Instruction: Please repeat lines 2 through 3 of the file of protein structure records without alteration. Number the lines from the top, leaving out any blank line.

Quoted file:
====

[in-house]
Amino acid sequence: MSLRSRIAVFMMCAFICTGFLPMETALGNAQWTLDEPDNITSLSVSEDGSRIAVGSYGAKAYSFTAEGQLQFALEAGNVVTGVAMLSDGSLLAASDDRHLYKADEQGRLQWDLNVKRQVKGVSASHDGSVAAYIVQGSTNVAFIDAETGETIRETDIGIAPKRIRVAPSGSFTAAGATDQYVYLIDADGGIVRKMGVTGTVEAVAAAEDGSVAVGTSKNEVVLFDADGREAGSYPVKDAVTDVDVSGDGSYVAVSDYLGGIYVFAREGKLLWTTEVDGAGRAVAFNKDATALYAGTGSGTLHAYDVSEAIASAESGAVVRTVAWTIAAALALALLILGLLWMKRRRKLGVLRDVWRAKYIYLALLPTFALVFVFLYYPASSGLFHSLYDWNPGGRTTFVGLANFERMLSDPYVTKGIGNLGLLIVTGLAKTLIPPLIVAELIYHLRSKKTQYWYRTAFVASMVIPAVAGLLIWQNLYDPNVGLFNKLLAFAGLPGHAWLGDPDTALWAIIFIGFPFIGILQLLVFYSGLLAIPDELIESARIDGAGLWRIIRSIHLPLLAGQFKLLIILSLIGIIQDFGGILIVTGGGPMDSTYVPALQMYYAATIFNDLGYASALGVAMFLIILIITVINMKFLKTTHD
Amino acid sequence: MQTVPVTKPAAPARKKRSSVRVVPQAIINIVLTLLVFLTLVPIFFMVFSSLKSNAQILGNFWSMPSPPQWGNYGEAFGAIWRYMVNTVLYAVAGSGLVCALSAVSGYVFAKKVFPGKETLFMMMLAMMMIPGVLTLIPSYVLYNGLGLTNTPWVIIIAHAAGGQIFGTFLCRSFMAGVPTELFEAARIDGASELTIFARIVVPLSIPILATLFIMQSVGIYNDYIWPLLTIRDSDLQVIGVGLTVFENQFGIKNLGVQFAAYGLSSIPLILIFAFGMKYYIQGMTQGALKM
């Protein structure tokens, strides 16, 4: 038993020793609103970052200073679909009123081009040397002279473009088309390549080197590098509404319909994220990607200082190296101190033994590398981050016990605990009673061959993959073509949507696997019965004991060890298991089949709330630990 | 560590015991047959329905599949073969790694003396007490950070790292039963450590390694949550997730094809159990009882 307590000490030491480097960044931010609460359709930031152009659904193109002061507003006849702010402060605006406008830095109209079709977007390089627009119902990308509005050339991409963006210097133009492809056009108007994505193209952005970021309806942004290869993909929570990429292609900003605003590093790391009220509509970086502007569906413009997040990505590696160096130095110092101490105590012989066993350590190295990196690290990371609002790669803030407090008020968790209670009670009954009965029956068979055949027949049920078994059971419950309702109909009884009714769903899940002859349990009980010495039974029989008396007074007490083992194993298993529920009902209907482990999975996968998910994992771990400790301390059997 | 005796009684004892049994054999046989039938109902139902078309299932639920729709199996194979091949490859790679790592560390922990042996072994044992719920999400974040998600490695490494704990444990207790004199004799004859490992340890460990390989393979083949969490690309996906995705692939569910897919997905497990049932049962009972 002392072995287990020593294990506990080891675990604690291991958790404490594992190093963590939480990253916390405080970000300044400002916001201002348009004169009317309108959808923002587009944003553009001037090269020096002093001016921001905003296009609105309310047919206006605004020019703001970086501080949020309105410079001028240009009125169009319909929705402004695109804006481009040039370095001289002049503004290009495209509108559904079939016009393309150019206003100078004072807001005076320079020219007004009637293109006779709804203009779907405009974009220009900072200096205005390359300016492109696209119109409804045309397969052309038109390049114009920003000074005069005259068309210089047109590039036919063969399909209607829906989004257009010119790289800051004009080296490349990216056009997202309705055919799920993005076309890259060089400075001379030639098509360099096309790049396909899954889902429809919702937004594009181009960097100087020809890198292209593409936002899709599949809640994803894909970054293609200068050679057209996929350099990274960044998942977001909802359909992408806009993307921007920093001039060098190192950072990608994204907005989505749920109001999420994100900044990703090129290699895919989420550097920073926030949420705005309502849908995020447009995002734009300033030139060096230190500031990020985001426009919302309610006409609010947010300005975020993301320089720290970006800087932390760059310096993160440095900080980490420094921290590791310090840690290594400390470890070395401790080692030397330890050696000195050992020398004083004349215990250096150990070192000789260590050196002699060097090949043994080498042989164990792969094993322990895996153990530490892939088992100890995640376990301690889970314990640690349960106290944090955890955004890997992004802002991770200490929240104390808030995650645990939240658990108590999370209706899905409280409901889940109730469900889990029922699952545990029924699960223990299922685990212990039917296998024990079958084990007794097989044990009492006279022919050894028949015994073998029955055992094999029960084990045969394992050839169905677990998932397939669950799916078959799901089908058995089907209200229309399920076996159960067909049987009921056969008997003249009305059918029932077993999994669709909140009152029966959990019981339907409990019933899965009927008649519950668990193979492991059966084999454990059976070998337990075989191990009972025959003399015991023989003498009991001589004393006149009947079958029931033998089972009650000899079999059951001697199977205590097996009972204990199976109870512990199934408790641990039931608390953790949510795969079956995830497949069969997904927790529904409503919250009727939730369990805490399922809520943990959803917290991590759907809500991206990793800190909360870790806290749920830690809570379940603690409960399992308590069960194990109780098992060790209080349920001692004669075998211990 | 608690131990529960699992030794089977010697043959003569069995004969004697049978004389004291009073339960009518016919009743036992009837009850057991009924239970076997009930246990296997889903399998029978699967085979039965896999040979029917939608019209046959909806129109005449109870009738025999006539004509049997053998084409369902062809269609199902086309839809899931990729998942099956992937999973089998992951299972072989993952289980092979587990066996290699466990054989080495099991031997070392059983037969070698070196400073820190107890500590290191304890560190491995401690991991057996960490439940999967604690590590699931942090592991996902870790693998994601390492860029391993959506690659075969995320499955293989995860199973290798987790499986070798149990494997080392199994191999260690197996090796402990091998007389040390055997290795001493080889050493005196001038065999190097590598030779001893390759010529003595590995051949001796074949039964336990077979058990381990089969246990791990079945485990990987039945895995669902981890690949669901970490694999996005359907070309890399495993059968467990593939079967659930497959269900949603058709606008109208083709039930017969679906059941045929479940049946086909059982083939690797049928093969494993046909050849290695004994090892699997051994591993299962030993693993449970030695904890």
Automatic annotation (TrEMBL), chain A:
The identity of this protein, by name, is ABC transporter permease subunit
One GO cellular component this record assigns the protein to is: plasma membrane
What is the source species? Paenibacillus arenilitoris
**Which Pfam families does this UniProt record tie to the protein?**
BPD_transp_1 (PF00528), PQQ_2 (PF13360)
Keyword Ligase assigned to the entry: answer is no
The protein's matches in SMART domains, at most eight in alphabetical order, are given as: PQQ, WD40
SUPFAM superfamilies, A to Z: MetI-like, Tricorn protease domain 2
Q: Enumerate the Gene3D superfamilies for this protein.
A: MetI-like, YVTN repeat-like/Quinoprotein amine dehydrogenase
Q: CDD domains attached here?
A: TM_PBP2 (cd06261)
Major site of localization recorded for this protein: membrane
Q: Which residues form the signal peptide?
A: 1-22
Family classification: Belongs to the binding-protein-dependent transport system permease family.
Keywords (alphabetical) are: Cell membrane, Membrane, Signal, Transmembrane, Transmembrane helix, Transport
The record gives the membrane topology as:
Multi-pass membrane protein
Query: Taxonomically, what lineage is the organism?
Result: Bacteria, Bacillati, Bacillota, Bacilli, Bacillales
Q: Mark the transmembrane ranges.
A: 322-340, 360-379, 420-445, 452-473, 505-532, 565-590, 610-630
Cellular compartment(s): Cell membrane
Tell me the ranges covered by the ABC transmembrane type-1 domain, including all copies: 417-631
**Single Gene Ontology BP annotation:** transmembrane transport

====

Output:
Amino acid sequence: MSLRSRIAVFMMCAFICTGFLPMETALGNAQWTLDEPDNITSLSVSEDGSRIAVGSYGAKAYSFTAEGQLQFALEAGNVVTGVAMLSDGSLLAASDDRHLYKADEQGRLQWDLNVKRQVKGVSASHDGSVAAYIVQGSTNVAFIDAETGETIRETDIGIAPKRIRVAPSGSFTAAGATDQYVYLIDADGGIVRKMGVTGTVEAVAAAEDGSVAVGTSKNEVVLFDADGREAGSYPVKDAVTDVDVSGDGSYVAVSDYLGGIYVFAREGKLLWTTEVDGAGRAVAFNKDATALYAGTGSGTLHAYDVSEAIASAESGAVVRTVAWTIAAALALALLILGLLWMKRRRKLGVLRDVWRAKYIYLALLPTFALVFVFLYYPASSGLFHSLYDWNPGGRTTFVGLANFERMLSDPYVTKGIGNLGLLIVTGLAKTLIPPLIVAELIYHLRSKKTQYWYRTAFVASMVIPAVAGLLIWQNLYDPNVGLFNKLLAFAGLPGHAWLGDPDTALWAIIFIGFPFIGILQLLVFYSGLLAIPDELIESARIDGAGLWRIIRSIHLPLLAGQFKLLIILSLIGIIQDFGGILIVTGGGPMDSTYVPALQMYYAATIFNDLGYASALGVAMFLIILIITVINMKFLKTTHD
Amino acid sequence: MQTVPVTKPAAPARKKRSSVRVVPQAIINIVLTLLVFLTLVPIFFMVFSSLKSNAQILGNFWSMPSPPQWGNYGEAFGAIWRYMVNTVLYAVAGSGLVCALSAVSGYVFAKKVFPGKETLFMMMLAMMMIPGVLTLIPSYVLYNGLGLTNTPWVIIIAHAAGGQIFGTFLCRSFMAGVPTELFEAARIDGASELTIFARIVVPLSIPILATLFIMQSVGIYNDYIWPLLTIRDSDLQVIGVGLTVFENQFGIKNLGVQFAAYGLSSIPLILIFAFGMKYYIQGMTQGALKM